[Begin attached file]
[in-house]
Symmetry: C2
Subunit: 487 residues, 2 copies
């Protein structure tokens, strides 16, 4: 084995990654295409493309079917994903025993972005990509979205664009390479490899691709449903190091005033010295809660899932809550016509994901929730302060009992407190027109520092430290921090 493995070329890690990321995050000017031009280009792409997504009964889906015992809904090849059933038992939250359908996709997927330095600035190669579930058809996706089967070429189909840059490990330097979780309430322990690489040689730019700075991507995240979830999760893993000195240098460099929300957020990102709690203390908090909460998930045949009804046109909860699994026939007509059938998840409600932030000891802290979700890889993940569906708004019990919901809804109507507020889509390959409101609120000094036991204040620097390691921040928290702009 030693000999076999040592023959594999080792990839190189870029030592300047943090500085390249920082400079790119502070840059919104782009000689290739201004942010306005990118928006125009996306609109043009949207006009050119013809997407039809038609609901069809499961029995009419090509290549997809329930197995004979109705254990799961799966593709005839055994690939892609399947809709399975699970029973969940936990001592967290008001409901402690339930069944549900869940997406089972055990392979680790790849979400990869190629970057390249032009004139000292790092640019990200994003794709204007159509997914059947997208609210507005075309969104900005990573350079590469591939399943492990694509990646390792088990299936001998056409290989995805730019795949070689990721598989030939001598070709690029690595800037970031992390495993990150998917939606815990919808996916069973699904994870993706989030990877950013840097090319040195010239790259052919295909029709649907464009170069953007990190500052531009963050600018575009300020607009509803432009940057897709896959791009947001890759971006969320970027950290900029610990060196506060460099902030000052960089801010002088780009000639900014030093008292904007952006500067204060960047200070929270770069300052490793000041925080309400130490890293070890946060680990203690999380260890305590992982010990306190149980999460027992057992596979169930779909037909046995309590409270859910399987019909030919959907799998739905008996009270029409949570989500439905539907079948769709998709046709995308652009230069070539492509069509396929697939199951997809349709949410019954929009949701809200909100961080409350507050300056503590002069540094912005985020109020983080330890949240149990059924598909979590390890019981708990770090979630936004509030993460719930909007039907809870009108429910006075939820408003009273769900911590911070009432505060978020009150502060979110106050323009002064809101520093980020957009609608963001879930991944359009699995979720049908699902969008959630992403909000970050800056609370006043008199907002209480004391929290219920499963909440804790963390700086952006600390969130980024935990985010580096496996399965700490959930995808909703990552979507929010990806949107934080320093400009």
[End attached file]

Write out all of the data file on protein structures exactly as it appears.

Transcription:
[in-house]
Symmetry: C2
Subunit: 487 residues, 2 copies
């Protein structure tokens, strides 16, 4: 084995990654295409493309079917994903025993972005990509979205664009390479490899691709449903190091005033010295809660899932809550016509994901929730302060009992407190027109520092430290921090 493995070329890690990321995050000017031009280009792409997504009964889906015992809904090849059933038992939250359908996709997927330095600035190669579930058809996706089967070429189909840059490990330097979780309430322990690489040689730019700075991507995240979830999760893993000195240098460099929300957020990102709690203390908090909460998930045949009804046109909860699994026939007509059938998840409600932030000891802290979700890889993940569906708004019990919901809804109507507020889509390959409101609120000094036991204040620097390691921040928290702009 030693000999076999040592023959594999080792990839190189870029030592300047943090500085390249920082400079790119502070840059919104782009000689290739201004942010306005990118928006125009996306609109043009949207006009050119013809997407039809038609609901069809499961029995009419090509290549997809329930197995004979109705254990799961799966593709005839055994690939892609399947809709399975699970029973969940936990001592967290008001409901402690339930069944549900869940997406089972055990392979680790790849979400990869190629970057390249032009004139000292790092640019990200994003794709204007159509997914059947997208609210507005075309969104900005990573350079590469591939399943492990694509990646390792088990299936001998056409290989995805730019795949070689990721598989030939001598070709690029690595800037970031992390495993990150998917939606815990919808996916069973699904994870993706989030990877950013840097090319040195010239790259052919295909029709649907464009170069953007990190500052531009963050600018575009300020607009509803432009940057897709896959791009947001890759971006969320970027950290900029610990060196506060460099902030000052960089801010002088780009000639900014030093008292904007952006500067204060960047200070929270770069300052490793000041925080309400130490890293070890946060680990203690999380260890305590992982010990306190149980999460027992057992596979169930779909037909046995309590409270859910399987019909030919959907799998739905008996009270029409949570989500439905539907079948769709998709046709995308652009230069070539492509069509396929697939199951997809349709949410019954929009949701809200909100961080409350507050300056503590002069540094912005985020109020983080330890949240149990059924598909979590390890019981708990770090979630936004509030993460719930909007039907809870009108429910006075939820408003009273769900911590911070009432505060978020009150502060979110106050323009002064809101520093980020957009609608963001879930991944359009699995979720049908699902969008959630992403909000970050800056609370006043008199907002209480004391929290219920499963909440804790963390700086952006600390969130980024935990985010580096496996399965700490959930995808909703990552979507929010990806949107934080320093400009």